Ghani was inaugurated in late September after signing a power-sharing deal with his poll rival Abdullah Abdullah, but negotiations over ministerial posts brought politics to a stalemate and threatened to fuel the Taliban insurgency.
The "unity government" deal was seen as saving Afghanistan from the risk of imminent civil war when both candidates claimed to have won the election in a stand-off that fanned long-standing ethnic tensions.
Abdul Salam Rahimi, Ghani's chief of staff, read out the names of the 25 new ministers at an event at the presidential palace in Kabul. The list will now go before parliament for approval.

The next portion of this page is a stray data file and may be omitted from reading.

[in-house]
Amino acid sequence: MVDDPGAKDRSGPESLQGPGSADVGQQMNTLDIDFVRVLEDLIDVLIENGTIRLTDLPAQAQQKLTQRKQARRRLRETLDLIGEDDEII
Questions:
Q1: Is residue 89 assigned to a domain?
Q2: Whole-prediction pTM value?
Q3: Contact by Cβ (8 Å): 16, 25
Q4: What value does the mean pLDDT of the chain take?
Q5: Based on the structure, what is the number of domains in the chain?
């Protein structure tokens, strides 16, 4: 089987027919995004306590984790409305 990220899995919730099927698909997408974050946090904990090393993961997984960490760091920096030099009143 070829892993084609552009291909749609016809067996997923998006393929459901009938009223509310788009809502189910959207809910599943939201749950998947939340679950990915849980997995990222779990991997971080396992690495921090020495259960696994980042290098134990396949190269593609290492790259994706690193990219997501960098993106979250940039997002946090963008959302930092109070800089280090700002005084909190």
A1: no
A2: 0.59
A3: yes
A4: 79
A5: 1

Three women were named in the cabinet, as ministers for higher education, information and culture, and women's affairs.
Allocating the ministries was fraught with difficulty due to Afghanistan's ethnic divisions.
Ghani, a former World Bank economist, is largely backed by Pashtun tribes of the south and east, while Abdullah, a former anti-Taliban resistance fighter, draws his support from Tajiks
and other northern groups.
The breakthrough comes at a sensitive time as Taliban insurgents push to exploit the end of NATO's combat mission on December 31 after 13 years of fighting.
About 17,000 US-led foreign troops will remain in Afghanistan this year, focusing on training the Afghan security forces and conducting a limited counter-terrorism mission.

Latest News from World News Desk